President Emmerson Mnangagwa has sailed through the impact of Covid-19 and Russia’s invasion of Ukraine. With several months away from Zimbabwe’s ... general election where he will be seeking another term, Mnangagwa is facing a bigger challenge that could further cripple the Zimbabwean ailing economy: a power crisis.
This is the outcome of free peer-to-peer M-Pesa transactions, a feature introduced at the onset of COVID-19, the South African network operator said in its latest update to the market on its interim results for the six months that ended on 30 September 2020.
However, this also “impacted the financial performance of our international portfolio, [but] it played an important role in facilitating economic activity in addition to being the right thing to do for customers,” said Vodacom Group CEO Shameel Joosub in the statement.
A common theme for the period under review was the group’s response to COVID-19 in its various markets, where it services 120 million – this includes Safaricom. In South Africa, where it is headquartered, for example, data usage rose 86% driven in part by work- and study-from-home demand.
The M-Pesa initiative supported rapid platform growth and customer adoption of digital channels “to the point where the M-Pesa ecosystem now processes $20.5bn a month in transactions across our international markets, including Safaricom, and contributed R8bn in revenue in the period.”
The Vodacom Group’s international portfolio, which has enjoyed a sustained period of strong growth, was affected by the disruptions to economies and livelihoods brought about by the outbreak of COVID-19. This, in turn, has caused a 5.2% decline in service revenue in constant currency terms.
Overall, though, “reported results show service revenue growth of 5.8%, benefiting from rand weakness. We expect consumer spend to recover as trading and economies re-open from lockdowns,” said Joosub.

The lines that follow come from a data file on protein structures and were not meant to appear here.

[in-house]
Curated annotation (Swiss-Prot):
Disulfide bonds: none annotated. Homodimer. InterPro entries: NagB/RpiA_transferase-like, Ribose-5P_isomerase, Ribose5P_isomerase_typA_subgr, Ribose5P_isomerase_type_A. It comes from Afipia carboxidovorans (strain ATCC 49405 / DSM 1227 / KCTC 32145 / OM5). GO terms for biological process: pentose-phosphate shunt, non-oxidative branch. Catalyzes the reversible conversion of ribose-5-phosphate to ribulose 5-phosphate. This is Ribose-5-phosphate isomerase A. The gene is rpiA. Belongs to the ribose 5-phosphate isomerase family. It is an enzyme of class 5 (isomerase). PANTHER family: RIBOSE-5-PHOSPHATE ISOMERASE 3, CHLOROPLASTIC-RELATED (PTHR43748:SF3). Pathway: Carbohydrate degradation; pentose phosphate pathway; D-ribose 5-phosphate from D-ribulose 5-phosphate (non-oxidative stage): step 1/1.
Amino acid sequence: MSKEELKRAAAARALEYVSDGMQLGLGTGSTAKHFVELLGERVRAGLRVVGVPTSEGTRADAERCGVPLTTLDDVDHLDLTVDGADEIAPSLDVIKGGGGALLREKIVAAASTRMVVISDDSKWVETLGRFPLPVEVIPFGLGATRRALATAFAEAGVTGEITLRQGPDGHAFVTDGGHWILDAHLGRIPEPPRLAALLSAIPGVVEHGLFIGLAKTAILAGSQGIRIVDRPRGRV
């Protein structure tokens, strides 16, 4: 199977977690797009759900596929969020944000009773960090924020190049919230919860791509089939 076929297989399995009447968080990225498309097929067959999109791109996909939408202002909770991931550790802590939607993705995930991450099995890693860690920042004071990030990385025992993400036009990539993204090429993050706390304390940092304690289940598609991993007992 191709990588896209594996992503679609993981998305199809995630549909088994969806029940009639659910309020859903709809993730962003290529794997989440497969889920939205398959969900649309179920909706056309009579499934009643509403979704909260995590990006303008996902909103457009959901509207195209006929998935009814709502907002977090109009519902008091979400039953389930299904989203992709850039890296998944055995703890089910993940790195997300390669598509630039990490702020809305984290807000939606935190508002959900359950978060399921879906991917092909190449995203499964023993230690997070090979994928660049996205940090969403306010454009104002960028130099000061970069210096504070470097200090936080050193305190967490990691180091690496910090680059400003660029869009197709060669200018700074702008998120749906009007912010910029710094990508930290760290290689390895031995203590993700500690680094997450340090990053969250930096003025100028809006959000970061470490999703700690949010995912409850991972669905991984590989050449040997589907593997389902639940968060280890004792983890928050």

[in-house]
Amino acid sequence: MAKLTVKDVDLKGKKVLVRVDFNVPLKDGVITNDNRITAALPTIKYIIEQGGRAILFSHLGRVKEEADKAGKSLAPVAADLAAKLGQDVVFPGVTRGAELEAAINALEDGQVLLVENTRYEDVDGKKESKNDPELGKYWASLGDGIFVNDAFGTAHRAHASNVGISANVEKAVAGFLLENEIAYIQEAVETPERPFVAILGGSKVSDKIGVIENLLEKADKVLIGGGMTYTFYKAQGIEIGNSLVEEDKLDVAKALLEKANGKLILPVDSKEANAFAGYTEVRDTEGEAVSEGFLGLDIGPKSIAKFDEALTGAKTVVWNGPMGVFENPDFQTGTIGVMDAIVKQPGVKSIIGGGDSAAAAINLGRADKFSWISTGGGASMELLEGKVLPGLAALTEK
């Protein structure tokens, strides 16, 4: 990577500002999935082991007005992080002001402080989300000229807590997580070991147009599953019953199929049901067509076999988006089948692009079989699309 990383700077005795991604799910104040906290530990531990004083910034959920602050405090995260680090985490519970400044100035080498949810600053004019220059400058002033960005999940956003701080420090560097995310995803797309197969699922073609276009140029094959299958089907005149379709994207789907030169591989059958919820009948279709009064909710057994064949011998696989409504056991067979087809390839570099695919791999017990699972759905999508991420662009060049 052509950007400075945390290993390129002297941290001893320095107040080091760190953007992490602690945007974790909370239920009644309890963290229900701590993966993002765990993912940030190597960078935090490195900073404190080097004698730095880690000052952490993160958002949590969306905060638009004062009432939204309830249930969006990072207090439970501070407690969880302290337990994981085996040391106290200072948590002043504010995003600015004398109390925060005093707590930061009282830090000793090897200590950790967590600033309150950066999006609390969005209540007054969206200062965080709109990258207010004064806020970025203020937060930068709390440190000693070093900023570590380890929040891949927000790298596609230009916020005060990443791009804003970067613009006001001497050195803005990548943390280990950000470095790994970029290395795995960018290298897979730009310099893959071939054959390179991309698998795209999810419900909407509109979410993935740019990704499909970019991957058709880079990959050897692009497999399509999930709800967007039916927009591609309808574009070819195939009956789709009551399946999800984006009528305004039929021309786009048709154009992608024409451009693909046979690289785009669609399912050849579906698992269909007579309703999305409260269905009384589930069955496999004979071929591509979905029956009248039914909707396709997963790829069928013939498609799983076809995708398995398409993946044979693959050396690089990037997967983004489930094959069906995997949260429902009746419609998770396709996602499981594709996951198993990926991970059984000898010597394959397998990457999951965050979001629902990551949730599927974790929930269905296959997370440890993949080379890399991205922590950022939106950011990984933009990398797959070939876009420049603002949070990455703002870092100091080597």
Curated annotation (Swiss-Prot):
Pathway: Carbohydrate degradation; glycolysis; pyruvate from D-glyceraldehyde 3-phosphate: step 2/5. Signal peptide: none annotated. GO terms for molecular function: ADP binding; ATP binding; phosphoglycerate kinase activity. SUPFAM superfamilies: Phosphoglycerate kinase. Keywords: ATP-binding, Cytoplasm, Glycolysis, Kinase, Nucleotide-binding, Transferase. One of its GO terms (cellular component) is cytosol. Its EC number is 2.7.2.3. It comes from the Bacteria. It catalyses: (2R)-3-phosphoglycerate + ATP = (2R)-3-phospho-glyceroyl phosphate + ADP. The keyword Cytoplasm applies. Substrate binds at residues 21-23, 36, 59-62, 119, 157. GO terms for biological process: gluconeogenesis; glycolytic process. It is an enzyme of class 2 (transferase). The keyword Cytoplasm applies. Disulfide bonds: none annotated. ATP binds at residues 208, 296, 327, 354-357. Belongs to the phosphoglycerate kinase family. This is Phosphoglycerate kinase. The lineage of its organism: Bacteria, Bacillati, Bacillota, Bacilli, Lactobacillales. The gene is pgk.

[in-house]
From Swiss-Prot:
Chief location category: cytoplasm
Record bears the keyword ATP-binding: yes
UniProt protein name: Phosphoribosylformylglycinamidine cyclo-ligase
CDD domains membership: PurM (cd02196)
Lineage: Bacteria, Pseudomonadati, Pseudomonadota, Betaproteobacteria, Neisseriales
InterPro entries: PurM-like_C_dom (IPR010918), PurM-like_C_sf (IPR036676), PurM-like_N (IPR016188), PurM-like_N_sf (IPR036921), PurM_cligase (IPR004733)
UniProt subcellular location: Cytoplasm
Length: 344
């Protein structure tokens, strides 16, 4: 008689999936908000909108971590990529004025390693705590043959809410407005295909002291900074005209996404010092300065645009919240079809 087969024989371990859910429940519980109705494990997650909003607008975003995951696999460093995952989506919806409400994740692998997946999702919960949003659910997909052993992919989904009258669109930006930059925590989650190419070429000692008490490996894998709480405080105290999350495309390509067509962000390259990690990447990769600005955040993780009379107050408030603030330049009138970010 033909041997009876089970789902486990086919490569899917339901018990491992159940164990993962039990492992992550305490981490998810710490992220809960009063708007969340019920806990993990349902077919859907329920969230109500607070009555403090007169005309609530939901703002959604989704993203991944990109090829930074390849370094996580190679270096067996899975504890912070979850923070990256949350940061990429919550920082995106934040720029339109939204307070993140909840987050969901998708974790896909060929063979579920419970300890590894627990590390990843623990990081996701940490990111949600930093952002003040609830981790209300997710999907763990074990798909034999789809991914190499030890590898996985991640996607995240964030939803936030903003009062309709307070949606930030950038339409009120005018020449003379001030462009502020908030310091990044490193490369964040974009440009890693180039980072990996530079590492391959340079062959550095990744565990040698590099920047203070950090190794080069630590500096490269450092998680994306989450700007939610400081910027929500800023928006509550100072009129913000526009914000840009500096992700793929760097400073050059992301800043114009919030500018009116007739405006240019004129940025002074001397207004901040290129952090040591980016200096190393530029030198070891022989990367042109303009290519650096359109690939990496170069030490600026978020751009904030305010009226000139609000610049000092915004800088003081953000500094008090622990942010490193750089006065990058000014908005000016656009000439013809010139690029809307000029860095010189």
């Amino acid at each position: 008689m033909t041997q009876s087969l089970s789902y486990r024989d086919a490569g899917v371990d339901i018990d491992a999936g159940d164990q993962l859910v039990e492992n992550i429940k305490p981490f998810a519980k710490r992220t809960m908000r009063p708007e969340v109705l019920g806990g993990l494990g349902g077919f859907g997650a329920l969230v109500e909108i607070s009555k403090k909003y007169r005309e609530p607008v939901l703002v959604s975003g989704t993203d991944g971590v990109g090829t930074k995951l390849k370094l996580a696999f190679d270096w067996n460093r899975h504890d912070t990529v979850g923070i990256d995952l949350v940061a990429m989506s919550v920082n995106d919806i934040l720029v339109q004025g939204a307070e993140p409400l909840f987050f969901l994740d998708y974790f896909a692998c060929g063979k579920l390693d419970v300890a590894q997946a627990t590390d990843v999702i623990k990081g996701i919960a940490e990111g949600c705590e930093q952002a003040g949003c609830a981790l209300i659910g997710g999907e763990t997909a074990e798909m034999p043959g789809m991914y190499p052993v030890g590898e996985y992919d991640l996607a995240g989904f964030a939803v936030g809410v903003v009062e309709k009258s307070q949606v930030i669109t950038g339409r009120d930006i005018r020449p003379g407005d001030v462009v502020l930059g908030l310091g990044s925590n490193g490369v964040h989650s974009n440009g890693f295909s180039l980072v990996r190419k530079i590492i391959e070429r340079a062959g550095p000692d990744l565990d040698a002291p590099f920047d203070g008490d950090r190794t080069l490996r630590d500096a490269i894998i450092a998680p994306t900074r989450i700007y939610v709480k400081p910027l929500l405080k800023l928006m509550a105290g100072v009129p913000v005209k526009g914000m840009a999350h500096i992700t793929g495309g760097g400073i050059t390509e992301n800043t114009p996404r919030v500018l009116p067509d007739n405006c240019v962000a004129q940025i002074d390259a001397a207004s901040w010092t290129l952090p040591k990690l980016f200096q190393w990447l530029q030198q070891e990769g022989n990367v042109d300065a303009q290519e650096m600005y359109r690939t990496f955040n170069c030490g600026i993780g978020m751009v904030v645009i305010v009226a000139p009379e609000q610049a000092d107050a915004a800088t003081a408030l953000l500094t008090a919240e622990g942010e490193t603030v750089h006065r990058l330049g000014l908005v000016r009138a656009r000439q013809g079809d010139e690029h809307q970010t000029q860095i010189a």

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Vodacom’s investment in Safaricom delivered a 52.2% boost in the group’s operating profit, supported by currency factors and a one-off deferred tax rate adjustment of R0.8bn.
But Safaricom’s local currency results reflected the effects of depressed economic activity and lower M-Pesa peer-to-peer monetisation, related to COVID-19 pandemic. Despite this, Safaricom has increased capital expenditure 25.5%, “supporting platform growth and a notable financial improvement into the second quarter compared with the first quarter.”
Numbers tell a story
In the period under review, the Vodacom Group’s interim results reflect:
- A 7.8% rise in group revenue to R47.8bn.
- The group had an additional 4.1 million customers. The company now has a customer base of 54.8 million for its financial services. This is a 13.9% improvement or 6.7 million more people than the previous period.
- The group declared an interim dividend of R4.15 (415 cents).
In response to the surges in data usage in South Africa, the Vodacom Group “made substantial reductions in monthly … bundle tariffs.”
In addition, Vodacom introduced ConnectU, which enables zero-rated access to websites such as jobs portals and online learning platforms, as well as discounted offers for poor communities. This added to higher usage.
“We remain cautious about the pace of economic recovery across our markets as disposable income will remain under pressure as a result of unemployment and depressed activity,” said Vodacom Group CEO Joosub.
“Still, we remain steadfast in our quest to entrench Vodacom Group as a leading pan-African technology company. And [we] firmly believe that our investment into financial, digital and lifestyle services will … provide opportunities to deepen our relationship with the 120 million customers who choose to use the Vodacom Group network across our footprint,” he added.
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